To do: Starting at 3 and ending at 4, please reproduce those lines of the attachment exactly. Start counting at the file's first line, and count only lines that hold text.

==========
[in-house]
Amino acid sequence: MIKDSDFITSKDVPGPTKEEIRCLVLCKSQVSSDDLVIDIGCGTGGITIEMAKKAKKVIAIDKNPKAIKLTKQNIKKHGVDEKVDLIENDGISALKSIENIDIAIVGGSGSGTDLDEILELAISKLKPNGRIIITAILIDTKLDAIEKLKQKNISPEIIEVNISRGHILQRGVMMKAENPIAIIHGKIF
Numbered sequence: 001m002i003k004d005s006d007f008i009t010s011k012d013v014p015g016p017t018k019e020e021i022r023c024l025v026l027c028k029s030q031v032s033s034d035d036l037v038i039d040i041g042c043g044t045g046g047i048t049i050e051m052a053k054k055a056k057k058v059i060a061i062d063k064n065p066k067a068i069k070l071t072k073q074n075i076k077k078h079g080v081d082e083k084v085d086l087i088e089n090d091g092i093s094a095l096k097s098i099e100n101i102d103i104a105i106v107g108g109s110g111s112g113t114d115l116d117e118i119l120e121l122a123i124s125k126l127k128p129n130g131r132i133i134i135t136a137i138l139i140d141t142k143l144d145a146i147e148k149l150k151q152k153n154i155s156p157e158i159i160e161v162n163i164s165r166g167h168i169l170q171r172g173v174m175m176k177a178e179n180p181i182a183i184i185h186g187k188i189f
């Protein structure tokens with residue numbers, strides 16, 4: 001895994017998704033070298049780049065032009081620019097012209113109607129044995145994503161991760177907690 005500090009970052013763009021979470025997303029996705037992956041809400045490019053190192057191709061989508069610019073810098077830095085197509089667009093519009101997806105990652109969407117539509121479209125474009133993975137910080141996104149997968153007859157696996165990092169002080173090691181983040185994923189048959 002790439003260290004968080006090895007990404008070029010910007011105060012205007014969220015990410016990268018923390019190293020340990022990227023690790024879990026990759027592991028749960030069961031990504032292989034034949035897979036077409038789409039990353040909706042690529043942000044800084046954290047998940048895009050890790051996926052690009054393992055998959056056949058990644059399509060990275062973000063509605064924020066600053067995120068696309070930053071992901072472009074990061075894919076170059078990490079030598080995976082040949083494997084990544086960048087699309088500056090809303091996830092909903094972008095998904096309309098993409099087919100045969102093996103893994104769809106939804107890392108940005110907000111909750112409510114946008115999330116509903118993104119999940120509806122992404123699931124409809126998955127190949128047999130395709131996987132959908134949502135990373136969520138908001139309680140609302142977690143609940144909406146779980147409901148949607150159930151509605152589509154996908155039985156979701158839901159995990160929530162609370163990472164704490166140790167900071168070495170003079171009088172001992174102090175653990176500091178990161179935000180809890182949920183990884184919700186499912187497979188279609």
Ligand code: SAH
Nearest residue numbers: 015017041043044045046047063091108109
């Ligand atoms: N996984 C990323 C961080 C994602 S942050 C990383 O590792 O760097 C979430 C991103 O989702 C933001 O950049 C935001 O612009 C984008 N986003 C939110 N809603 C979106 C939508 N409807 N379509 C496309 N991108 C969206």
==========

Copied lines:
Numbered sequence: 001m002i003k004d005s006d007f008i009t010s011k012d013v014p015g016p017t018k019e020e021i022r023c024l025v026l027c028k029s030q031v032s033s034d035d036l037v038i039d040i041g042c043g044t045g046g047i048t049i050e051m052a053k054k055a056k057k058v059i060a061i062d063k064n065p066k067a068i069k070l071t072k073q074n075i076k077k078h079g080v081d082e083k084v085d086l087i088e089n090d091g092i093s094a095l096k097s098i099e100n101i102d103i104a105i106v107g108g109s110g111s112g113t114d115l116d117e118i119l120e121l122a123i124s125k126l127k128p129n130g131r132i133i134i135t136a137i138l139i140d141t142k143l144d145a146i147e148k149l150k151q152k153n154i155s156p157e158i159i160e161v162n163i164s165r166g167h168i169l170q171r172g173v174m175m176k177a178e179n180p181i182a183i184i185h186g187k188i189f
């Protein structure tokens with residue numbers, strides 16, 4: 001895994017998704033070298049780049065032009081620019097012209113109607129044995145994503161991760177907690 005500090009970052013763009021979470025997303029996705037992956041809400045490019053190192057191709061989508069610019073810098077830095085197509089667009093519009101997806105990652109969407117539509121479209125474009133993975137910080141996104149997968153007859157696996165990092169002080173090691181983040185994923189048959 002790439003260290004968080006090895007990404008070029010910007011105060012205007014969220015990410016990268018923390019190293020340990022990227023690790024879990026990759027592991028749960030069961031990504032292989034034949035897979036077409038789409039990353040909706042690529043942000044800084046954290047998940048895009050890790051996926052690009054393992055998959056056949058990644059399509060990275062973000063509605064924020066600053067995120068696309070930053071992901072472009074990061075894919076170059078990490079030598080995976082040949083494997084990544086960048087699309088500056090809303091996830092909903094972008095998904096309309098993409099087919100045969102093996103893994104769809106939804107890392108940005110907000111909750112409510114946008115999330116509903118993104119999940120509806122992404123699931124409809126998955127190949128047999130395709131996987132959908134949502135990373136969520138908001139309680140609302142977690143609940144909406146779980147409901148949607150159930151509605152589509154996908155039985156979701158839901159995990160929530162609370163990472164704490166140790167900071168070495170003079171009088172001992174102090175653990176500091178990161179935000180809890182949920183990884184919700186499912187497979188279609």